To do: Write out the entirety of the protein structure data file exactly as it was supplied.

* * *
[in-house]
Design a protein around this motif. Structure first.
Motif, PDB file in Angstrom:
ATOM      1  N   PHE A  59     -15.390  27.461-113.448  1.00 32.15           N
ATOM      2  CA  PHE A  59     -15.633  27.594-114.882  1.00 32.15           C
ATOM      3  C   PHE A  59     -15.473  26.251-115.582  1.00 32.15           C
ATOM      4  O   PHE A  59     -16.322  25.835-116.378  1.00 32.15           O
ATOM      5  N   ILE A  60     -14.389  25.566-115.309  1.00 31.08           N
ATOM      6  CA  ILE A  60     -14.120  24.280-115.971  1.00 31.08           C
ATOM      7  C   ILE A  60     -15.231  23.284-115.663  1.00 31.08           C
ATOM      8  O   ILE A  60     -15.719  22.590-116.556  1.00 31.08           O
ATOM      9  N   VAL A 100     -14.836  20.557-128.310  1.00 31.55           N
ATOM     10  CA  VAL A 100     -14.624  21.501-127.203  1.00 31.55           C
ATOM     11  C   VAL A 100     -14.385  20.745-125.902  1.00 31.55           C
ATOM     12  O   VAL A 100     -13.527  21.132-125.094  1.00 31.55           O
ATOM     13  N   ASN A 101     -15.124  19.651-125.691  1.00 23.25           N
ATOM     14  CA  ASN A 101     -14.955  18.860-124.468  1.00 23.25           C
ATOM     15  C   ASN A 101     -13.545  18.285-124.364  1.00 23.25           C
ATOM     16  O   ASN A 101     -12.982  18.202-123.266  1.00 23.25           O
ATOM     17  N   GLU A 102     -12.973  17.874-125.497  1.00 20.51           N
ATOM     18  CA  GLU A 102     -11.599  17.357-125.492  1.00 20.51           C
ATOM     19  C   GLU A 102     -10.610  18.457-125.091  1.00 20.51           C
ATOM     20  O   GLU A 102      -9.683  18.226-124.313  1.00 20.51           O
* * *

[in-house]
Design a protein around this motif. Structure first.
Motif, PDB file in Angstrom:
ATOM      1  N   PHE A  59     -15.390  27.461-113.448  1.00 32.15           N
ATOM      2  CA  PHE A  59     -15.633  27.594-114.882  1.00 32.15           C
ATOM      3  C   PHE A  59     -15.473  26.251-115.582  1.00 32.15           C
ATOM      4  O   PHE A  59     -16.322  25.835-116.378  1.00 32.15           O
ATOM      5  N   ILE A  60     -14.389  25.566-115.309  1.00 31.08           N
ATOM      6  CA  ILE A  60     -14.120  24.280-115.971  1.00 31.08           C
ATOM      7  C   ILE A  60     -15.231  23.284-115.663  1.00 31.08           C
ATOM      8  O   ILE A  60     -15.719  22.590-116.556  1.00 31.08           O
ATOM      9  N   VAL A 100     -14.836  20.557-128.310  1.00 31.55           N
ATOM     10  CA  VAL A 100     -14.624  21.501-127.203  1.00 31.55           C
ATOM     11  C   VAL A 100     -14.385  20.745-125.902  1.00 31.55           C
ATOM     12  O   VAL A 100     -13.527  21.132-125.094  1.00 31.55           O
ATOM     13  N   ASN A 101     -15.124  19.651-125.691  1.00 23.25           N
ATOM     14  CA  ASN A 101     -14.955  18.860-124.468  1.00 23.25           C
ATOM     15  C   ASN A 101     -13.545  18.285-124.364  1.00 23.25           C
ATOM     16  O   ASN A 101     -12.982  18.202-123.266  1.00 23.25           O
ATOM     17  N   GLU A 102     -12.973  17.874-125.497  1.00 20.51           N
ATOM     18  CA  GLU A 102     -11.599  17.357-125.492  1.00 20.51           C
ATOM     19  C   GLU A 102     -10.610  18.457-125.091  1.00 20.51           C
ATOM     20  O   GLU A 102      -9.683  18.226-124.313  1.00 20.51           O